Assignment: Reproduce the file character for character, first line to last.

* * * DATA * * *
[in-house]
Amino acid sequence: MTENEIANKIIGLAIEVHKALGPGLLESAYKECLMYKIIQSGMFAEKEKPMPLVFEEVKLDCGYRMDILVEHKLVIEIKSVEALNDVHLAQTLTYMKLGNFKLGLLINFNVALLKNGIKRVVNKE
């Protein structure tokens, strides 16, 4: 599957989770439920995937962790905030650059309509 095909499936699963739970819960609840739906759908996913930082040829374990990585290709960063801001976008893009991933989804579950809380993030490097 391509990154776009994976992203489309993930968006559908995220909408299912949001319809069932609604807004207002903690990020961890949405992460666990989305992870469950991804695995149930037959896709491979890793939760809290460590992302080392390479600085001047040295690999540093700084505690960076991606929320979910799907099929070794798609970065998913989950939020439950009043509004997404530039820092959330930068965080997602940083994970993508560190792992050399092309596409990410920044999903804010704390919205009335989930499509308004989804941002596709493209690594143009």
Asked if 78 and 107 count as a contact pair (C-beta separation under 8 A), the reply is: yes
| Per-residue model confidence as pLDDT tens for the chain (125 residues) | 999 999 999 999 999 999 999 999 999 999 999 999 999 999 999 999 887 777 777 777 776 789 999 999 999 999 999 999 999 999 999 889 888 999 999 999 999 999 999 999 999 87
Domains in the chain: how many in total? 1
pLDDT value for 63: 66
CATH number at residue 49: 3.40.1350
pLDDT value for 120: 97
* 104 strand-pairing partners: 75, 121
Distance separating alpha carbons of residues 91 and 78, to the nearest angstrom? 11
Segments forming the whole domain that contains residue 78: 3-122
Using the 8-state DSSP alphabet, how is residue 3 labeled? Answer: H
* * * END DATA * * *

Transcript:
[in-house]
Amino acid sequence: MTENEIANKIIGLAIEVHKALGPGLLESAYKECLMYKIIQSGMFAEKEKPMPLVFEEVKLDCGYRMDILVEHKLVIEIKSVEALNDVHLAQTLTYMKLGNFKLGLLINFNVALLKNGIKRVVNKE
């Protein structure tokens, strides 16, 4: 599957989770439920995937962790905030650059309509 095909499936699963739970819960609840739906759908996913930082040829374990990585290709960063801001976008893009991933989804579950809380993030490097 391509990154776009994976992203489309993930968006559908995220909408299912949001319809069932609604807004207002903690990020961890949405992460666990989305992870469950991804695995149930037959896709491979890793939760809290460590992302080392390479600085001047040295690999540093700084505690960076991606929320979910799907099929070794798609970065998913989950939020439950009043509004997404530039820092959330930068965080997602940083994970993508560190792992050399092309596409990410920044999903804010704390919205009335989930499509308004989804941002596709493209690594143009």
Asked if 78 and 107 count as a contact pair (C-beta separation under 8 A), the reply is: yes
| Per-residue model confidence as pLDDT tens for the chain (125 residues) | 999 999 999 999 999 999 999 999 999 999 999 999 999 999 999 999 887 777 777 777 776 789 999 999 999 999 999 999 999 999 999 889 888 999 999 999 999 999 999 999 999 87
Domains in the chain: how many in total? 1
pLDDT value for 63: 66
CATH number at residue 49: 3.40.1350
pLDDT value for 120: 97
* 104 strand-pairing partners: 75, 121
Distance separating alpha carbons of residues 91 and 78, to the nearest angstrom? 11
Segments forming the whole domain that contains residue 78: 3-122
Using the 8-state DSSP alphabet, how is residue 3 labeled? Answer: H